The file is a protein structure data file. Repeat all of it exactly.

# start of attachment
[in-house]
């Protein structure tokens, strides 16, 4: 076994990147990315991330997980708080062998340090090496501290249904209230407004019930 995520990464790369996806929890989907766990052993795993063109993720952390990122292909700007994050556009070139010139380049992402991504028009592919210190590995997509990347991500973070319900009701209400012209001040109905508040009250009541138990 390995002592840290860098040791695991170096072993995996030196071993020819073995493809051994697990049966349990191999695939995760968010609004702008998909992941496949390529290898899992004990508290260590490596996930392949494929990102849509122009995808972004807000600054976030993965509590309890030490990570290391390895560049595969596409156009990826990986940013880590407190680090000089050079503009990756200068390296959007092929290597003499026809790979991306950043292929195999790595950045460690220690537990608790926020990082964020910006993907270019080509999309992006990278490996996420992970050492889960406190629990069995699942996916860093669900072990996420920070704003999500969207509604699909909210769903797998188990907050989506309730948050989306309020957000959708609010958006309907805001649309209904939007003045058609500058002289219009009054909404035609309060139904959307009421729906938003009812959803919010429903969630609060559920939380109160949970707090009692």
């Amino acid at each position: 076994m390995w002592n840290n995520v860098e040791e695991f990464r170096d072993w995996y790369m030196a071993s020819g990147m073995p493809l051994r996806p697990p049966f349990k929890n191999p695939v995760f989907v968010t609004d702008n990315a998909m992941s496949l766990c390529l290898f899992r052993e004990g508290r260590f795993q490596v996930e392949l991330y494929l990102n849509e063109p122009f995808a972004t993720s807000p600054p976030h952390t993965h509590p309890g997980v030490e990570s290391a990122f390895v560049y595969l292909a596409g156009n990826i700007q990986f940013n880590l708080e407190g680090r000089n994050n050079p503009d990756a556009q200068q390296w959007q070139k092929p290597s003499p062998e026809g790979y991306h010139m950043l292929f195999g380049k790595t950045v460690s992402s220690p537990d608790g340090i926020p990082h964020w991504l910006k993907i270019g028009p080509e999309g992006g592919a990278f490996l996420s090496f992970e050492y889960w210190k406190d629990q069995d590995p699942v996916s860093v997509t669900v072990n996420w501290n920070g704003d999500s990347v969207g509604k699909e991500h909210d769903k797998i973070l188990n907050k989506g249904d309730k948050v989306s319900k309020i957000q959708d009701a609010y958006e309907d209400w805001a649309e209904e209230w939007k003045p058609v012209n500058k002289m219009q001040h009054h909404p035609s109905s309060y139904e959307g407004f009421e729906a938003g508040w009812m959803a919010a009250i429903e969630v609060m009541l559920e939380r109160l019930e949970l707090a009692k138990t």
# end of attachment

[in-house]
């Protein structure tokens, strides 16, 4: 076994990147990315991330997980708080062998340090090496501290249904209230407004019930 995520990464790369996806929890989907766990052993795993063109993720952390990122292909700007994050556009070139010139380049992402991504028009592919210190590995997509990347991500973070319900009701209400012209001040109905508040009250009541138990 390995002592840290860098040791695991170096072993995996030196071993020819073995493809051994697990049966349990191999695939995760968010609004702008998909992941496949390529290898899992004990508290260590490596996930392949494929990102849509122009995808972004807000600054976030993965509590309890030490990570290391390895560049595969596409156009990826990986940013880590407190680090000089050079503009990756200068390296959007092929290597003499026809790979991306950043292929195999790595950045460690220690537990608790926020990082964020910006993907270019080509999309992006990278490996996420992970050492889960406190629990069995699942996916860093669900072990996420920070704003999500969207509604699909909210769903797998188990907050989506309730948050989306309020957000959708609010958006309907805001649309209904939007003045058609500058002289219009009054909404035609309060139904959307009421729906938003009812959803919010429903969630609060559920939380109160949970707090009692």
């Amino acid at each position: 076994m390995w002592n840290n995520v860098e040791e695991f990464r170096d072993w995996y790369m030196a071993s020819g990147m073995p493809l051994r996806p697990p049966f349990k929890n191999p695939v995760f989907v968010t609004d702008n990315a998909m992941s496949l766990c390529l290898f899992r052993e004990g508290r260590f795993q490596v996930e392949l991330y494929l990102n849509e063109p122009f995808a972004t993720s807000p600054p976030h952390t993965h509590p309890g997980v030490e990570s290391a990122f390895v560049y595969l292909a596409g156009n990826i700007q990986f940013n880590l708080e407190g680090r000089n994050n050079p503009d990756a556009q200068q390296w959007q070139k092929p290597s003499p062998e026809g790979y991306h010139m950043l292929f195999g380049k790595t950045v460690s992402s220690p537990d608790g340090i926020p990082h964020w991504l910006k993907i270019g028009p080509e999309g992006g592919a990278f490996l996420s090496f992970e050492y889960w210190k406190d629990q069995d590995p699942v996916s860093v997509t669900v072990n996420w501290n920070g704003d999500s990347v969207g509604k699909e991500h909210d769903k797998i973070l188990n907050k989506g249904d309730k948050v989306s319900k309020i957000q959708d009701a609010y958006e309907d209400w805001a649309e209904e209230w939007k003045p058609v012209n500058k002289m219009q001040h009054h909404p035609s109905s309060y139904e959307g407004f009421e729906a938003g508040w009812m959803a919010a009250i429903e969630v609060m009541l559920e939380r109160l019930e949970l707090a009692k138990t």